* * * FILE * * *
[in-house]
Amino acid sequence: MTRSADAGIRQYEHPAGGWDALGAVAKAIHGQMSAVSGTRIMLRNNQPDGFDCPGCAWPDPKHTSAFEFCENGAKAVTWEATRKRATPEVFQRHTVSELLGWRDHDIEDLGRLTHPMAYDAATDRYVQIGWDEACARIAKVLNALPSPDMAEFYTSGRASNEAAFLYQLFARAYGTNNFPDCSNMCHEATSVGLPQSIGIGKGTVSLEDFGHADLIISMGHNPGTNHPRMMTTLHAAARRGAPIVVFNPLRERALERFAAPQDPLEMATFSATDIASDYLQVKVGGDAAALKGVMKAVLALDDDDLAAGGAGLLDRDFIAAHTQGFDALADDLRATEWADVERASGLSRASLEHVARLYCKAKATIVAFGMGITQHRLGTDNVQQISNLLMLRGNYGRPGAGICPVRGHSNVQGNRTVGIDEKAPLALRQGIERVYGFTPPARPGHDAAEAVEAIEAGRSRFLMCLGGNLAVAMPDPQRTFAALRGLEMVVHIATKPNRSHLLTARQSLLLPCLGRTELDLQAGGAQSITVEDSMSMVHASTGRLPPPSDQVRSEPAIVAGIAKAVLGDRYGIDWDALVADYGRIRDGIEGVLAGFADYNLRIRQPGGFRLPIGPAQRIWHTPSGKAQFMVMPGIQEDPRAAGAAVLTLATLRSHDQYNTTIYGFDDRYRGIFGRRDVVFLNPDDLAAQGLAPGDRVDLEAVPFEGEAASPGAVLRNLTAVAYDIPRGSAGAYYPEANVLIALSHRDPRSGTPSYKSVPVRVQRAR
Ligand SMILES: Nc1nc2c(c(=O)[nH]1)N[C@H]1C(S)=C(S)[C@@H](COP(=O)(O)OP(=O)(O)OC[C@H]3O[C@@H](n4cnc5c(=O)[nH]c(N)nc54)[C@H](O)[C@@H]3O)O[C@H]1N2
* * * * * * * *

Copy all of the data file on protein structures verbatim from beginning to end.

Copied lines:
[in-house]
Amino acid sequence: MTRSADAGIRQYEHPAGGWDALGAVAKAIHGQMSAVSGTRIMLRNNQPDGFDCPGCAWPDPKHTSAFEFCENGAKAVTWEATRKRATPEVFQRHTVSELLGWRDHDIEDLGRLTHPMAYDAATDRYVQIGWDEACARIAKVLNALPSPDMAEFYTSGRASNEAAFLYQLFARAYGTNNFPDCSNMCHEATSVGLPQSIGIGKGTVSLEDFGHADLIISMGHNPGTNHPRMMTTLHAAARRGAPIVVFNPLRERALERFAAPQDPLEMATFSATDIASDYLQVKVGGDAAALKGVMKAVLALDDDDLAAGGAGLLDRDFIAAHTQGFDALADDLRATEWADVERASGLSRASLEHVARLYCKAKATIVAFGMGITQHRLGTDNVQQISNLLMLRGNYGRPGAGICPVRGHSNVQGNRTVGIDEKAPLALRQGIERVYGFTPPARPGHDAAEAVEAIEAGRSRFLMCLGGNLAVAMPDPQRTFAALRGLEMVVHIATKPNRSHLLTARQSLLLPCLGRTELDLQAGGAQSITVEDSMSMVHASTGRLPPPSDQVRSEPAIVAGIAKAVLGDRYGIDWDALVADYGRIRDGIEGVLAGFADYNLRIRQPGGFRLPIGPAQRIWHTPSGKAQFMVMPGIQEDPRAAGAAVLTLATLRSHDQYNTTIYGFDDRYRGIFGRRDVVFLNPDDLAAQGLAPGDRVDLEAVPFEGEAASPGAVLRNLTAVAYDIPRGSAGAYYPEANVLIALSHRDPRSGTPSYKSVPVRVQRAR
Ligand SMILES: Nc1nc2c(c(=O)[nH]1)N[C@H]1C(S)=C(S)[C@@H](COP(=O)(O)OP(=O)(O)OC[C@H]3O[C@@H](n4cnc5c(=O)[nH]c(N)nc54)[C@H](O)[C@@H]3O)O[C@H]1N2